Not for nothing were West Indian teams prior to Kerry Packer’s crucial intervention in the late 1970’s ritually called “Calypso Cricketers.” Sparrow’s “Slave” contains a line that perhaps epitomizes the regional attitude to the game.
In that classic tune, the Calypso King of the World as first person narrator describes the harsh conditions: “the English slave master standing dey with he gun… de whip and dem dogs” that make his life on the plantation hell; survival requires that “ah study night and day how to get away.” Mere escape, however, would not be good enough.
“Ah got to make,” sings the bard, “a brilliant escape.”
Those seven words may well have informed Vivian Richards oft-repeated conviction that the batsman is “an entertainer.” One needs only rewind to last year’s tournament in Sri Lanka to see the degree to which the current T20 World Cup champions, Chris Gayle, Keiron Pollard and Marlon Samuels in particular, are worthy successors to the Master Blaster.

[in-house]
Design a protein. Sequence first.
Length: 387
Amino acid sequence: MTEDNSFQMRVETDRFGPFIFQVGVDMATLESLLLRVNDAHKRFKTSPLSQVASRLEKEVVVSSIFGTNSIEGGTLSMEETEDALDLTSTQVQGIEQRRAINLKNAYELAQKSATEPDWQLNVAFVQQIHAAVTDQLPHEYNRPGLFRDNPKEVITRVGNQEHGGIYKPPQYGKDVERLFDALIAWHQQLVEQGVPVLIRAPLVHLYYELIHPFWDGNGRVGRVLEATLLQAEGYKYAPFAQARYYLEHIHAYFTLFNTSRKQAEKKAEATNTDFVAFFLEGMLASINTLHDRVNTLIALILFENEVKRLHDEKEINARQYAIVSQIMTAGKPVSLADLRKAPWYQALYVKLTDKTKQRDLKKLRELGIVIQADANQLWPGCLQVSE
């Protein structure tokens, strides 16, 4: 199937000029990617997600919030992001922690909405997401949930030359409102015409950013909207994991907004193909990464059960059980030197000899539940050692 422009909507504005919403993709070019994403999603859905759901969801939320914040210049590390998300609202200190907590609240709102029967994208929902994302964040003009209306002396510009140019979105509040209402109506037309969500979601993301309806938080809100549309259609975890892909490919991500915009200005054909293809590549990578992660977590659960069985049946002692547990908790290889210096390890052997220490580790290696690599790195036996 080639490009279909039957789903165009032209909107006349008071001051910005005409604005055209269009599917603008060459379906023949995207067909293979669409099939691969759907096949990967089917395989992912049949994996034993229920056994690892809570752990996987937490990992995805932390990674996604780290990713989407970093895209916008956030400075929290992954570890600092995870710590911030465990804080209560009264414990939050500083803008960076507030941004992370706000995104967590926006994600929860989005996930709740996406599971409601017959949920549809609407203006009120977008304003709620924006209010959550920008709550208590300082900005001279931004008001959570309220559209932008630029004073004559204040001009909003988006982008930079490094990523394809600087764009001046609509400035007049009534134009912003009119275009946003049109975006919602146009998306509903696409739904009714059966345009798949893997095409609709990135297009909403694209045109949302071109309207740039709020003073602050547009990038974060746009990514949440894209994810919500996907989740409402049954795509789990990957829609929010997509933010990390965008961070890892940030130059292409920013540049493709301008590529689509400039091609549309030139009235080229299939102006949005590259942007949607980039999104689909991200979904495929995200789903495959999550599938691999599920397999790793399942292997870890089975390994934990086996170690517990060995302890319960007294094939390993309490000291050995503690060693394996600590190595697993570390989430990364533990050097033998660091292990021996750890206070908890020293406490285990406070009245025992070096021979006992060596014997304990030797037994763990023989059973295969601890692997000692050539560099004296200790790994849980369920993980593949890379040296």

But, thanks perhaps to the combination of the much more hectic contemporary schedule and the much more widespread use of technology in sport, today’s entertainer has to choose his gigs much more carefully. And he needs to be managed much more carefully, perhaps shrewdly is the word, than used to be the case.
With a line-up including Gordon Greenidge, Desmond Haynes, Alvin Kallicharan, Clive Lloyd and Jeff Dujon to call some names at random, did it really matter that much where IVA Richards batted? Not to mention that even if the whole team collapsed for 150 or so, with once more a random selection of Andy Roberts, Michael Holding, Colin Croft and/or Malcolm Marshall as nine-ten-Jack, the WI would still have felt they had a fighting chance.